On the downstream side of the charging brush 51′ in the recording medium conveying direction is provided a charge eliminating brush (not shown) that comes into contact with the voltage receiving members 36e of the conveying belt 31 and performs charge elimination. By eliminating charge from the conveying belt 31 using this charge eliminating brush and thereby eliminating attraction force, a recording medium can be smoothly separated from the conveying belt 31. Reference numeral 7K denotes an ink jet recording head for black, reference numeral 7C denotes an ink jet recording head for cyan, reference numeral 7M denotes an ink jet recording head for magenta, and reference numeral 7Y denotes an ink jet recording head for yellow.
The above-described known recording medium conveying device is disclosed in Japanese Patent Laid-Open No. 2003-160253.
However, in order to make the endless belt attract a recording medium using electrostatic force, high voltage needs to be applied to the electrodes. In addition, in the case of a recording medium having weak electrostatic attraction force or a recording medium that is hard to attract along the endless belt, the recording medium is hard to bring into close contact with the endless belt, and part of the recording medium is out of contact with the endless belt. In this case, when the recording medium passes under the ink jet recording heads, the recording medium may comes into contact with the bottom surfaces of the ink jet heads and may thereby cause defective recording or damage the recording heads.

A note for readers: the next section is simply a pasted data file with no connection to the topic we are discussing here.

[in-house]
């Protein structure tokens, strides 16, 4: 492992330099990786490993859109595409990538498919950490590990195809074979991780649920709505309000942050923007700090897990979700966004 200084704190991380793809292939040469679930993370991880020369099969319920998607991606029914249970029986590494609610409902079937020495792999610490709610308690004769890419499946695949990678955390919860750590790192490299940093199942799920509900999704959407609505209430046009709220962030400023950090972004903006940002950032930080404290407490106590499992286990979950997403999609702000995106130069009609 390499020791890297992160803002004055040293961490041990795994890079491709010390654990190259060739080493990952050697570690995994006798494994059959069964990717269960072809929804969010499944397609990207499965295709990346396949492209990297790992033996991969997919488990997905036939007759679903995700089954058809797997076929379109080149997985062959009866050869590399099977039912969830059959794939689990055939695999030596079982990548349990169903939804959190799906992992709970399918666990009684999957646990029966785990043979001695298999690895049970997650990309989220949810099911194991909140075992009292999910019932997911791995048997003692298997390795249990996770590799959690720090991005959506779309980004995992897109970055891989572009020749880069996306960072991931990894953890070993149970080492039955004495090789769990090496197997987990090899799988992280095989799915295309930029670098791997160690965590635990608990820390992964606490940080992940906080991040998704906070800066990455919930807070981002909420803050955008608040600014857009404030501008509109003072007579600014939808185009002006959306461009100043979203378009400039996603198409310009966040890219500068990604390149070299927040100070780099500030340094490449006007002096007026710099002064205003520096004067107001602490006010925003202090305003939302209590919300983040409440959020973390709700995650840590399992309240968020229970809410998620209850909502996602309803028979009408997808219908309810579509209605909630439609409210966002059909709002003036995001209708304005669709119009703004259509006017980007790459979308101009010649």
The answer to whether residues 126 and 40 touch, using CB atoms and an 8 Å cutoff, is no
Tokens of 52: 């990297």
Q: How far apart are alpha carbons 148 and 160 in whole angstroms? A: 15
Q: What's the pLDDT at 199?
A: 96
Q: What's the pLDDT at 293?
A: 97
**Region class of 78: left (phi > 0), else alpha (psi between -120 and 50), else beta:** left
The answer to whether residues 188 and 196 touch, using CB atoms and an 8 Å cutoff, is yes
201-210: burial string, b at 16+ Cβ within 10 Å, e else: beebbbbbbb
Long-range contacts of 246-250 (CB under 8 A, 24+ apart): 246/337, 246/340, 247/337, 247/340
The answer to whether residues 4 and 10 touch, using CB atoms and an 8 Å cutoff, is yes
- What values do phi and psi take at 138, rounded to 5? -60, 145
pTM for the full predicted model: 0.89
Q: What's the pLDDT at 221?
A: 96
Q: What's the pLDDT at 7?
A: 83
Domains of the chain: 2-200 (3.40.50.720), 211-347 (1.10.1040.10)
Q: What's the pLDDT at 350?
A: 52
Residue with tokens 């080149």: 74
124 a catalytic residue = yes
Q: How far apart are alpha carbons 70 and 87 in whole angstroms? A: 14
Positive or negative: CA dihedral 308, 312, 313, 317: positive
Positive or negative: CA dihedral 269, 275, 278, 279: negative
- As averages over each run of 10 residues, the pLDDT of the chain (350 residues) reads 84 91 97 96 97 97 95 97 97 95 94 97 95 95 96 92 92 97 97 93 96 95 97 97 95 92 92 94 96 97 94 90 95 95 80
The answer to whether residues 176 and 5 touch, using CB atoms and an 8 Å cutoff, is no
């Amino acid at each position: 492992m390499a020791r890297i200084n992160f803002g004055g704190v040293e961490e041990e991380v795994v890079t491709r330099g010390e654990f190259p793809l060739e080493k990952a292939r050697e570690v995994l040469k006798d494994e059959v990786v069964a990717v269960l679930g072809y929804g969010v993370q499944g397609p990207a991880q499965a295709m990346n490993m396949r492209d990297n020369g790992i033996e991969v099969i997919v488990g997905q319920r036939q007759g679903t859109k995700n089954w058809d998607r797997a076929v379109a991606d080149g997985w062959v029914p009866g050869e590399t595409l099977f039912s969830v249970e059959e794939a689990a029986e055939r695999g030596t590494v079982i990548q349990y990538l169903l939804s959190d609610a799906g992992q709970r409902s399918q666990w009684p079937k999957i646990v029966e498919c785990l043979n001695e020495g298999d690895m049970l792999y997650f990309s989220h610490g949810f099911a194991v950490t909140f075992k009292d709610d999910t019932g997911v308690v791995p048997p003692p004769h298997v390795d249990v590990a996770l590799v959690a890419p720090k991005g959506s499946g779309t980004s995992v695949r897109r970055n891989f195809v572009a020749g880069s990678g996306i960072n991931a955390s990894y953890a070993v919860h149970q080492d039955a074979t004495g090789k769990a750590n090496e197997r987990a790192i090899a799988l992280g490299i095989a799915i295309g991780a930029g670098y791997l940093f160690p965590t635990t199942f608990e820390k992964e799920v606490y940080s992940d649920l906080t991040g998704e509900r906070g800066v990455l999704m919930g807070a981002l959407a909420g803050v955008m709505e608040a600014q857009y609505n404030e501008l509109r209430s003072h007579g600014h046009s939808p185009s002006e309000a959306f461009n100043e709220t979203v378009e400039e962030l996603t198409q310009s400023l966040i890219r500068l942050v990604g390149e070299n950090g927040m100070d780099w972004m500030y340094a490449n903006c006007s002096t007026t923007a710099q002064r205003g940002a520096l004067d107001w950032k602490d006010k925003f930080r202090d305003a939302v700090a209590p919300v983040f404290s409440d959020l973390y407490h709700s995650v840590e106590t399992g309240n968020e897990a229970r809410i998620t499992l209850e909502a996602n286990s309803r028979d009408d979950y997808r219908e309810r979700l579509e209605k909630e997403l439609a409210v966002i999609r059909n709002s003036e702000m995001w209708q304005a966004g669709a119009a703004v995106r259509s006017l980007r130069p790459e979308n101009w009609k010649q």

The above may be solved by increasing the voltage applied to the electrodes. However, increased voltage is prone to cause leakage of current. The leakage of current may damage the endless belt. If leakage of current occurs between the endless belt and the ink jet recording heads, the leakage of current may damage the ink jet recording heads.